Rise of the machines

    In your mind’s eye, take a quick retrospective look at the history of gaming. Do you see the early ’70s and the monochromatic, soundless splendor of the Magnavox Odyssey, that beautiful little brown box that had the true original Pong? Do you remember the feud between Magnavox and Bushnell over who really made Pong?

    If not, that’s no surprise, because most modern gamers are more prone to believe that video gaming started in the late ’70s, when Atari released its 2600 system.

    This release ushered in the start of central processing units (CPUs) for gaming. The cartridges for games actually held their own memory and they were played separately. Now, to speak of such a concept today is underwhelming, if not boring; we’re so far beyond cartridge media that even the last release in the Atari family, the 7800, is horribly dated. After the video game crash of 1983–a horrible, dark time when most every company tied to the gaming industry went bankrupt–you would have thought that Atari and their competition Coleco would have learned that jumps in technology aren’t enough to make gaming exciting.

    Today, there are leaps and bounds being made in gaming technology and, for the most part, it has been coupled with developers and producers that know what the hell they’re doing (maybe because they have more than 16 colors to work with). While some of these advancements weren’t made with gaming specifically in mind, they’re still the sort of growth that will make the next generation of gaming even better than the last. Do you remember how awesome the concept of games on CD was? Well, now we’ve got Blu-Ray! Could there be anything better than the PlayStation 2’s Emotion Engine processor? Hell yeah, and it’s called the Cell processor, my friend! And surely the pinnacle of online gaming came with the Dreamcast and its PlanetWeb (which supported Phantasy Star III, only the best fucking MMORPG ever!), right? Wrong! Now, there will be Sony’s PlayStation Network, the continuing Xbox Live and Nintendo’s WiiConnect, all three of which are broadband and totally user-friendly.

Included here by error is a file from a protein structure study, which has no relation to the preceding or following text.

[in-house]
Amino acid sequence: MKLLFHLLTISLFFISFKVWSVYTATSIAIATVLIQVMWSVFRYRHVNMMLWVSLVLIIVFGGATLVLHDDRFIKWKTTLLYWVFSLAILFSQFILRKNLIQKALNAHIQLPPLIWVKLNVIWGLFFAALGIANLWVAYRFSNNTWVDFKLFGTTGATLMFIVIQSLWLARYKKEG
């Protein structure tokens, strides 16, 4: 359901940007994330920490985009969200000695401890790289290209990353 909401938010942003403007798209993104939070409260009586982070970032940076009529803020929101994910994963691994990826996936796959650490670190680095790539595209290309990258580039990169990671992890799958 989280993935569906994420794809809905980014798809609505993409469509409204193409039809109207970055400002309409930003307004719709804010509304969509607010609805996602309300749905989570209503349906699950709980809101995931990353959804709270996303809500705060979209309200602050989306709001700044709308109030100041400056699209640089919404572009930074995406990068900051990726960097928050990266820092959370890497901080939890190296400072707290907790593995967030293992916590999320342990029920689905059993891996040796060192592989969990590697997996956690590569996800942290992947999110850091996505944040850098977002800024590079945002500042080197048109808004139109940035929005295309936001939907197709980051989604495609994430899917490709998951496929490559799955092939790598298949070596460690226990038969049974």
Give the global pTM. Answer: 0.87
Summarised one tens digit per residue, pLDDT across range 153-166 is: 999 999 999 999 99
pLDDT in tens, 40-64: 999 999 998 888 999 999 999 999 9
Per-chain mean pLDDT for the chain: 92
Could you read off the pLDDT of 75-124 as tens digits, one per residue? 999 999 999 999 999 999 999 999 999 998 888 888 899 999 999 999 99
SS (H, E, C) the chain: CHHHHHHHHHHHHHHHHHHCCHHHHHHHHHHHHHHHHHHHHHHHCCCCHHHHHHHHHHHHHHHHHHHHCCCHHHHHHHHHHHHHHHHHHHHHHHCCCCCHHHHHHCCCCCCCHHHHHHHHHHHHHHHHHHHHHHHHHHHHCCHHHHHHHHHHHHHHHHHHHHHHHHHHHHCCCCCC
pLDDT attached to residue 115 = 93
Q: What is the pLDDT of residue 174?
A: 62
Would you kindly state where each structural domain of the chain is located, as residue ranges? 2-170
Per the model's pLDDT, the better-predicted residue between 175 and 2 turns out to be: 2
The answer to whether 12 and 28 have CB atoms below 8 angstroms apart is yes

Quad-core processor

    Recently, dual-core processors have been all the rage with PCs and Macintoshes. Most every new iBook and iMac features dual-core technology, and Intel’s Core Duo architecture is bringing faster clocking, greater storage space and lower power consumption rates to everyday computer users. Now, the market will shift towards quad-core technology in 2007, as quad-core processors become available commercially, effectively allowing a regular user to access the sort of elite hardware that, only a year ago, was more or less the pinnacle of the private programming universe.

    What that means

    For the most part, your current single processor does the job. Dual-core will speed things up and let you run dozens of programs at one time without slowing you down. Quad-core is going to be complete and total overkill unless you have your own server, are always online and constantly running Photoshop, Word, Visual Studio and Quicken all at once. If that’s how you usually are with your computer, then it’s gonna be a good year. Otherwise, quad-core is probably a few years away for your wallet.

    Cell processor

    The guts of the PlayStation 3, Cell is a microprocessor featuring nine-core architecture. Eight of the processors (called SPUs) are synergistic and attach to one power processing unit (PPU). This gargantuan amount of processing prowess allows for a clock frequency of 3.2 GHz, rivaling most cutting-edge PC processors. Similarly, the floating point processing is much greater than even the Pentium 4 or Athlon 64.

    What that means

    Your games will never crash again. The speed with which your PS3 connects to online gaming will blow your mind, and the graphics that it can run are going to be, as the kids say, “off the hizzy fo shizzy.” While you don’t have to know anything about microprocessors to enjoy gaming, even amateur computer nerds are creaming themselves in anticipation of Cell–and rightfully so, given how powerful it is.


    This new format of compact disc is an amazing form of data storage. Written by a blue-violet laser and the test media used with Blu-ray discs (BD), it can hold up to 200GB worth of memory–that’s probably more memory than your computer has, and requires at least quadruple-level layering to make. A BD can be written in 11 different layering styles, the most common being the single-sided, single-layered 12cm format currently gaining mass popularity with the development of PlayStation 3 games.

    What that means

    These new discs are insane. Not only can they store behemoth amounts of data, but they’re more scratch-resistant than DVDs and the layered side is a pretty, shiny shade of purple that will make you smile when you see it. Also, remember the region codes for DVD, and how there were about five million of them? That little frustration is gone with BD, which carries three region codes: one for Europe, Africa and Australia; one for China, Russia and Central Asia; and one for the rest of the world. That means that your American BD will work in Chile, Japan and even Korea, provided we don’t go to nuclear war.